Alive at Satellite began with a durational piece by Florida-based artist Amanda Kleinhans. For three hours, Kleinhans struggled to fit her body through an “average-sized” silhouette cut-out. Simultaneous to Kleinhans’s performance, Alison Pirie roamed the fair dragging an oversized uterus. The performance, Prisoners of the Strange Organ That Dwells Within Them, is a call to action for higher standards within the reproductive health industry. A performance by Brooklyn-based artist and curator Amanda Hunt challenged viewers to “resist the attention economy” through a series of physically challenging actions.
Kathie Halfin (MFA Fine Arts) presented a challenging and personal performance entitled Labor of Love. Over the course of an hour, Halfin retold personal stories of her immigrant history while attempting to complete routine tasks amidst behemoth mounds of clay.
“Alive at Satellite” also included a robust screening program that featured the video work of 21 artists. A few notable video works included that of Rodrigo Amarante Guerreiro Gomes’ Ultraviolet Garden, which revealed audio footage of a U.S. airstrike in New Baghdad where two Reuters journalists were killed after their camera lenses were mistaken as RPG guns. Sylvain Souklaye’s performance documentation, Migrant Market, tells the stories of immigrant children who are forced to integrate new sociological and religious concepts with the deletion of their roots and cultures.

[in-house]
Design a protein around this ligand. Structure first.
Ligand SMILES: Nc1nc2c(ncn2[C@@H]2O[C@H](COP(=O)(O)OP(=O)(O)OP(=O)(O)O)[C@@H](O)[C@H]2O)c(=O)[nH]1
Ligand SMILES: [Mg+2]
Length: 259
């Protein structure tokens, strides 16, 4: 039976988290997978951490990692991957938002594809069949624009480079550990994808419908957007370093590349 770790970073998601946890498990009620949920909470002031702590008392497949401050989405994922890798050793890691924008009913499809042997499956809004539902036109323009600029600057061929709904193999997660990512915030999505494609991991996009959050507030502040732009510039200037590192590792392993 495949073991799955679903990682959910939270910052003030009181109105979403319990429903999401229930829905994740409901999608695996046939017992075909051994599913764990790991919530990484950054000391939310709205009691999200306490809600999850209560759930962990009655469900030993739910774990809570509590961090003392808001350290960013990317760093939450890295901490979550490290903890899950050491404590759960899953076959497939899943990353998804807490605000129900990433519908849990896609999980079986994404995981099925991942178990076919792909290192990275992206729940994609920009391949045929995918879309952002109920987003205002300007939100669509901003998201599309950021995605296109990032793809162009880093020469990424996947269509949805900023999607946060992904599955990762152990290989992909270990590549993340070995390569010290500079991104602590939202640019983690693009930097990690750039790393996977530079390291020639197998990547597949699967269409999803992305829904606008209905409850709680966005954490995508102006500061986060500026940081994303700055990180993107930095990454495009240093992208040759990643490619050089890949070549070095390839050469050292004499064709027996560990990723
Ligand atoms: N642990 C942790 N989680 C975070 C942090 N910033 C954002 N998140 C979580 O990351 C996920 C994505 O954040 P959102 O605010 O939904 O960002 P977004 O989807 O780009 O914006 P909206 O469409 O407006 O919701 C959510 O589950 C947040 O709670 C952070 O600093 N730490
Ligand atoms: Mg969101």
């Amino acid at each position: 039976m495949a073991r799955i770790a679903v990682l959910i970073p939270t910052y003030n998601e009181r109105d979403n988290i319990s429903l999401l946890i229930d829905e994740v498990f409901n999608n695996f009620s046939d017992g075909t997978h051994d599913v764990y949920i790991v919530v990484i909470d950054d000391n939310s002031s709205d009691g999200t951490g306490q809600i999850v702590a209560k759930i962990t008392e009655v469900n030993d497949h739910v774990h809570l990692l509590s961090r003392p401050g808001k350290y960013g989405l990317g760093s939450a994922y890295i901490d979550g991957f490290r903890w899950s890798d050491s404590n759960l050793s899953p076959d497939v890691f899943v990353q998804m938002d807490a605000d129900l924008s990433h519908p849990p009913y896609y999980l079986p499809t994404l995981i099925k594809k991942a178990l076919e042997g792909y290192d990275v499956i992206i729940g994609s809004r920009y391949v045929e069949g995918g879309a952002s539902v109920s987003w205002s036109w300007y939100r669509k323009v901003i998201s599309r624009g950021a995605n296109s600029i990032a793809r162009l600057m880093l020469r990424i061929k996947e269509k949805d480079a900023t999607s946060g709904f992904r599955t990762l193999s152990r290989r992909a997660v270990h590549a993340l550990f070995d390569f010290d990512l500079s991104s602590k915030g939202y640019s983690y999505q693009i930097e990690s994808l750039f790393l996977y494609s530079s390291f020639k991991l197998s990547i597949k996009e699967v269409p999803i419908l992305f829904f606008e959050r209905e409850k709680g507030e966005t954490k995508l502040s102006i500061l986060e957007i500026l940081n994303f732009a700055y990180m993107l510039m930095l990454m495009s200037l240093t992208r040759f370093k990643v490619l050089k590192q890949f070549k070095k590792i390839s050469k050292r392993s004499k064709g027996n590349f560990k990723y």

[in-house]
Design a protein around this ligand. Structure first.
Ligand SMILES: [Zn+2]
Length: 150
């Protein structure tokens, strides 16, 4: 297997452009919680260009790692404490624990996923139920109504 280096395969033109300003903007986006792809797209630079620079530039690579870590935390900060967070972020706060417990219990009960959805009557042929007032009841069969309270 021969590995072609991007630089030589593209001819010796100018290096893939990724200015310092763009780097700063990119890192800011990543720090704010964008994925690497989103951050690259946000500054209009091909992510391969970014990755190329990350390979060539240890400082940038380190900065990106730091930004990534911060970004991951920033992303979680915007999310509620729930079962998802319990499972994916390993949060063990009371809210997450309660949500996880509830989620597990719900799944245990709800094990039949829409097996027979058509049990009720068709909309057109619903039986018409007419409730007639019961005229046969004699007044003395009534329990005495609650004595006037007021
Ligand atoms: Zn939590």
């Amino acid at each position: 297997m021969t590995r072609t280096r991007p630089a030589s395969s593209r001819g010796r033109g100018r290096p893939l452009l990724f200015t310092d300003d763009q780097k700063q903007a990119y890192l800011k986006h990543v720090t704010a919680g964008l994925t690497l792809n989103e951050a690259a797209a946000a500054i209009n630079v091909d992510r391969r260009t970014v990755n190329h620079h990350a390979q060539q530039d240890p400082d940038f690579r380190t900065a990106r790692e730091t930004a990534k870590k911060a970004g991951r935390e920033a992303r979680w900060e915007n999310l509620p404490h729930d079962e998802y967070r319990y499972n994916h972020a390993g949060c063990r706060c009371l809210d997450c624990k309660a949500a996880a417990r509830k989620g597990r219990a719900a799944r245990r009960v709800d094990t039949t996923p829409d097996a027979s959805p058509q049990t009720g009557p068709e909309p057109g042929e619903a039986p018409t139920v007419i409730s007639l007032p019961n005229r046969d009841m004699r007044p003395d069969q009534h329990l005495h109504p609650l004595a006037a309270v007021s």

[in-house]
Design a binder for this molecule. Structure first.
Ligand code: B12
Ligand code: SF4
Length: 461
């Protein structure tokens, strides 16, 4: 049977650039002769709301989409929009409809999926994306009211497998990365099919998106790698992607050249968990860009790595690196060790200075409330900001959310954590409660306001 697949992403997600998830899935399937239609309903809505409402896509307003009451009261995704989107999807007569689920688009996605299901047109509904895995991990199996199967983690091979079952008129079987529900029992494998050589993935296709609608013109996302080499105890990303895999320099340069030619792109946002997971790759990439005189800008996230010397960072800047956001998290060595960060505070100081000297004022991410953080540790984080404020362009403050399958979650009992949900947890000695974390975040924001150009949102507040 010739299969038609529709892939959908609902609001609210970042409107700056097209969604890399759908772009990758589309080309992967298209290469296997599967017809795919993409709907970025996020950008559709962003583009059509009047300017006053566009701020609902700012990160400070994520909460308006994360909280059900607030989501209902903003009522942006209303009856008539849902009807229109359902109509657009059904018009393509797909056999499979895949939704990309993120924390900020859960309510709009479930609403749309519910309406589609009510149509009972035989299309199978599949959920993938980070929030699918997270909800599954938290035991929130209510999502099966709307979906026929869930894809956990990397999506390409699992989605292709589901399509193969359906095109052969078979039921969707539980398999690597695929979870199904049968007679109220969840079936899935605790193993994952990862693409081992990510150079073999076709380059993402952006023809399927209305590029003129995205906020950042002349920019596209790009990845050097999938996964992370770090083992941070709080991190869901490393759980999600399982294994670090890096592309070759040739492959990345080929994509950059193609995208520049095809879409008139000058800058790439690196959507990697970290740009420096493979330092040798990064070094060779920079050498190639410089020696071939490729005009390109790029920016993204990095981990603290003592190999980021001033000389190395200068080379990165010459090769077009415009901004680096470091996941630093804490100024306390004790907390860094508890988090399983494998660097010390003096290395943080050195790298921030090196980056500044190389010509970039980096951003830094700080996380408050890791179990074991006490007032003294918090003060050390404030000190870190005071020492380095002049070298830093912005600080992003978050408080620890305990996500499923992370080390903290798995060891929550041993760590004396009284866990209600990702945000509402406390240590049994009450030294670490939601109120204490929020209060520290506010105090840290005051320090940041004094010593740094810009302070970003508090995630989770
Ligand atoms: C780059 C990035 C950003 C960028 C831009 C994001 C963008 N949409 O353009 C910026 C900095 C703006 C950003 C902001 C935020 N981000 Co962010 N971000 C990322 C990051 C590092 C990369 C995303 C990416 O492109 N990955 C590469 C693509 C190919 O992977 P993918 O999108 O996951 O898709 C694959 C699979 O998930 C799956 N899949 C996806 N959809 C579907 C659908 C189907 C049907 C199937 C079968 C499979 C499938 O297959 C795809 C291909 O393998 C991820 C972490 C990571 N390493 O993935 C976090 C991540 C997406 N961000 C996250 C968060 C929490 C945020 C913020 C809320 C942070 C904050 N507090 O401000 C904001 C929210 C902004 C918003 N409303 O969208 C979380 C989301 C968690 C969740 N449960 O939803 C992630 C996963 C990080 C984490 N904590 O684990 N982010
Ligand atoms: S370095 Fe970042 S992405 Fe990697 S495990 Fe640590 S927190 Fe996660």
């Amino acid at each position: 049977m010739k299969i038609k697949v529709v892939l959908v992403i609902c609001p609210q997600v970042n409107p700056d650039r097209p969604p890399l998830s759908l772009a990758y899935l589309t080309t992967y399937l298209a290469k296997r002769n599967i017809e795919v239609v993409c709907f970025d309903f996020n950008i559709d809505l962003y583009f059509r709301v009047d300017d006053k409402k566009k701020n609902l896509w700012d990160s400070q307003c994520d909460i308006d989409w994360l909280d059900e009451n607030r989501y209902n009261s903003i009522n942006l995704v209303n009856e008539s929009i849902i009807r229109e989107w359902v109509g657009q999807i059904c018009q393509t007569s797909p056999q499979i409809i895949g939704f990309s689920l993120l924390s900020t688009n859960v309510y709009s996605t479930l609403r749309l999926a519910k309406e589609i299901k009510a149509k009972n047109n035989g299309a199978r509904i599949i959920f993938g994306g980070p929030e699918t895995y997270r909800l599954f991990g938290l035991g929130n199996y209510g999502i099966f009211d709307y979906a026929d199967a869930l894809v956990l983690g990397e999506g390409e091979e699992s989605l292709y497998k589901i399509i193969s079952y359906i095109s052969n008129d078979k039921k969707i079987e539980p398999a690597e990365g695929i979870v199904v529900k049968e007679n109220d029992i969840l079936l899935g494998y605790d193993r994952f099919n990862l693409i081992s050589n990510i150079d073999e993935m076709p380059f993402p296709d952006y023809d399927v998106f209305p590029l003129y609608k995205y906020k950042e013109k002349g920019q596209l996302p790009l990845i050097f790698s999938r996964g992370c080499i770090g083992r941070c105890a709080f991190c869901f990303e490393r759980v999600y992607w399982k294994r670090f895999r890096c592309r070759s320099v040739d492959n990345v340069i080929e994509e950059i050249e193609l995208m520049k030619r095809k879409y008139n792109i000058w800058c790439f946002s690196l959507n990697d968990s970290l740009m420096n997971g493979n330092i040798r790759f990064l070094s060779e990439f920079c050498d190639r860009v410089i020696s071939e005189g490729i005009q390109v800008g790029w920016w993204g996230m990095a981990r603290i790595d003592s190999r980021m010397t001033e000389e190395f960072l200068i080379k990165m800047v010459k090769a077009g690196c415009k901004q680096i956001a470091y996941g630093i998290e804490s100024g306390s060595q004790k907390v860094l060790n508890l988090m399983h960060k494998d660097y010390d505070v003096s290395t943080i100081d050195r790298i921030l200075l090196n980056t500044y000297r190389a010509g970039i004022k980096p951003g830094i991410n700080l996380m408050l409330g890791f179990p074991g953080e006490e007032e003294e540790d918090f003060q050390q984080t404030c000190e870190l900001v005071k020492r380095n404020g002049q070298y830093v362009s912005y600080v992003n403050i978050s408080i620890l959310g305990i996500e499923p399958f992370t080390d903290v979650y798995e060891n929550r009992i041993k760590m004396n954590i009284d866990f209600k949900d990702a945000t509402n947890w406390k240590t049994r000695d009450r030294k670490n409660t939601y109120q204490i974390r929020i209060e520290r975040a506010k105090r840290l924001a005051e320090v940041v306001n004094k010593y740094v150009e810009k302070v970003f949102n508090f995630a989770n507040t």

Video and live performance art are rarely given adequate representation within art fairs. I have a responsibility to highlight honest and meaningful work that resides beyond the scope of art fair commercialism. With this curatorial code of ethics in mind, Satellite gives preference to artists who are daring and who rebel against the “commission” system of the gallery world. New York City is an artist-rich city with limited financial support for the creative community. Satellite’s presence within New York City is aimed towards reclaiming space for emerging voices.
Satellite’s next iteration will be presented in Miami during Miami Art Basel. The open call application is free and available here.
Quinn Dukes is a multimedia performance artist, activist, and curator based in Brooklyn, NY. Her work addresses social injustice and ritual. Dukes holds an MFA in Art Practice from the School of Visual Arts and a BFA in Fine Art from Watkins College of Art & Design. In 2014, following a heated discussion about the death of performance art, Dukes founded Performance Is Alive.
Dukes has performed in galleries and festivals across the globe including Fountain Art Fair (Miami and NYC), Lumen International Video & Performance Festival, Wassaic Festival, Grace Exhibition Space (Brooklyn, NY), Local Project (Queens, NY), Gallery Sensei (NYC), FIAP Festival (Martinique). Dukes has received reviews in Flash Art, NY Arts Magazine and WhiteWall Magazine and written for blogs: Art in New York City and Art in Brooklyn.
She is a tireless advocate for performance art and higher education via appointments at Satellite Art Show (NYC, Miami, TX), Grace Exhibition Space (New York, NY) and the School of Visual Arts (New York, NY).